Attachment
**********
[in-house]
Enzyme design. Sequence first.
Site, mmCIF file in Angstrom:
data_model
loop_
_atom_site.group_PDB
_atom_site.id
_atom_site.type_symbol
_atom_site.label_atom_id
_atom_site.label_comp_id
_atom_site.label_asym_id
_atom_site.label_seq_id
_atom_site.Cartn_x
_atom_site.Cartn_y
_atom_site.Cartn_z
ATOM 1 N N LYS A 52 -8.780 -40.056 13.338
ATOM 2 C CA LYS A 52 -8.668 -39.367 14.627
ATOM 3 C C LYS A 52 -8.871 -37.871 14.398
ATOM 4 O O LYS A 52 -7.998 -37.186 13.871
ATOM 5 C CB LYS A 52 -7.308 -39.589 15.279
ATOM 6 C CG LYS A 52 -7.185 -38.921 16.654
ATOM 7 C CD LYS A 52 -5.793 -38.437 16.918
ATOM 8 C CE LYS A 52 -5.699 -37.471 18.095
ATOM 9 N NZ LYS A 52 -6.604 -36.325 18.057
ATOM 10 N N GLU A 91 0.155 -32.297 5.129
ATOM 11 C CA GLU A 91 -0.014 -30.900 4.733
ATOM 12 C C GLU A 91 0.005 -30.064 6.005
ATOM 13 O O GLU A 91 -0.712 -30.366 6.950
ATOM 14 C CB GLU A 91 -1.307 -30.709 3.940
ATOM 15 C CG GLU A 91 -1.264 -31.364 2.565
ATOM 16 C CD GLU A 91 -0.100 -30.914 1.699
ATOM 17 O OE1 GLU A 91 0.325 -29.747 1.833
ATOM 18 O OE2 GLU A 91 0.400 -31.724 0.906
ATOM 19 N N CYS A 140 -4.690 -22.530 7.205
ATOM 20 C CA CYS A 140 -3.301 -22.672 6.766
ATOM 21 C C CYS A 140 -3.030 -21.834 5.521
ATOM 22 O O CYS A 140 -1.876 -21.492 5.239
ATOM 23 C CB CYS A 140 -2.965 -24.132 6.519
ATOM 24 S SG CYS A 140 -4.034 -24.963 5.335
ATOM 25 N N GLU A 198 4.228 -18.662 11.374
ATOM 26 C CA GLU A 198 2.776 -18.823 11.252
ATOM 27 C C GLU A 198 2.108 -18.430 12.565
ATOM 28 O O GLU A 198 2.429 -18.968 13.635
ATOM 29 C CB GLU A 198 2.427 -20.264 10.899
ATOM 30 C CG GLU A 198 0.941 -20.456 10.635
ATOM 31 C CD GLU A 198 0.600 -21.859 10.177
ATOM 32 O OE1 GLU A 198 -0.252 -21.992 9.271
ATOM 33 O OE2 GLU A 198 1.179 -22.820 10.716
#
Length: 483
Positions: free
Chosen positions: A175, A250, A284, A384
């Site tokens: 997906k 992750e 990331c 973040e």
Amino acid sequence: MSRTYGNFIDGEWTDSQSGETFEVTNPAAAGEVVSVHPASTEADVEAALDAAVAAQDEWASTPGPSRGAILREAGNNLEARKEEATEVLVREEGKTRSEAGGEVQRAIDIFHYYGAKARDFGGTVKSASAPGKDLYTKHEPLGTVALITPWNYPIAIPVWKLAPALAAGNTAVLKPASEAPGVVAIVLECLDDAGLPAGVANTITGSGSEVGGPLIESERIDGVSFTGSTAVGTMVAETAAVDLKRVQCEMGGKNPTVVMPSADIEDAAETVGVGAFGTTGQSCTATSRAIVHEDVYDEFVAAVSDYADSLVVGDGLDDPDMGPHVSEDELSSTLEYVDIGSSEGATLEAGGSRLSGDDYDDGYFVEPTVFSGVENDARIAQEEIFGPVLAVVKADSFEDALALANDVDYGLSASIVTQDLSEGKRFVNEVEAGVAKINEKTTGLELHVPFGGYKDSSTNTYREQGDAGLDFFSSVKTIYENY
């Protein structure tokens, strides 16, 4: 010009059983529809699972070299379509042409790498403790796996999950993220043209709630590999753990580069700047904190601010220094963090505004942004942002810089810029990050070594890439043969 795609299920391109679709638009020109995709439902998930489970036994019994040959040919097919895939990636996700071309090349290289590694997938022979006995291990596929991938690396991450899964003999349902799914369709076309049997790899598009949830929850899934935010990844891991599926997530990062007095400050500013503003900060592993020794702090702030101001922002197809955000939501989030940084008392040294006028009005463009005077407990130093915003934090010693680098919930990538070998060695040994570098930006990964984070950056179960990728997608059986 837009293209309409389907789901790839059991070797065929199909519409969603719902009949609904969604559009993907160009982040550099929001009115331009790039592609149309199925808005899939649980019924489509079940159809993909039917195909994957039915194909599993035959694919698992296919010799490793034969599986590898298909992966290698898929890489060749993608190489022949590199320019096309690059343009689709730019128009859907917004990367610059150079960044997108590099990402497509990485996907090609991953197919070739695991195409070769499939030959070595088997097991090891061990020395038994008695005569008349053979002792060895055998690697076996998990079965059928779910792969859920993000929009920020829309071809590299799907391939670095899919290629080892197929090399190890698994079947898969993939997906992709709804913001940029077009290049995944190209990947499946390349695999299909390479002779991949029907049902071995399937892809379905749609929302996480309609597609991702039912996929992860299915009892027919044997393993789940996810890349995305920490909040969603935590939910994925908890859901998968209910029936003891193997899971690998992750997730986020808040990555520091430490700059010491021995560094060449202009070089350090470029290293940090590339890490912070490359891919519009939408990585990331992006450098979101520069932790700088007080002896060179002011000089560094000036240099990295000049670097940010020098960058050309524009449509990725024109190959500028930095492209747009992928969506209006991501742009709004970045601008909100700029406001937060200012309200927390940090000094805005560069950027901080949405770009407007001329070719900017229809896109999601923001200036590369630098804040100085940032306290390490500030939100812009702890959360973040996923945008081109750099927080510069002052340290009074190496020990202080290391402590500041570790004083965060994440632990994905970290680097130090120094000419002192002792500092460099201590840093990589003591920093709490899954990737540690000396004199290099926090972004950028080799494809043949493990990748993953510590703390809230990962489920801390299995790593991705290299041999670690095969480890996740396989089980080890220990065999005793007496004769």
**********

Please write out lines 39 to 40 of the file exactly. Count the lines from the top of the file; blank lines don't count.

ATOM 24 S SG CYS A 140 -4.034 -24.963 5.335
ATOM 25 N N GLU A 198 4.228 -18.662 11.374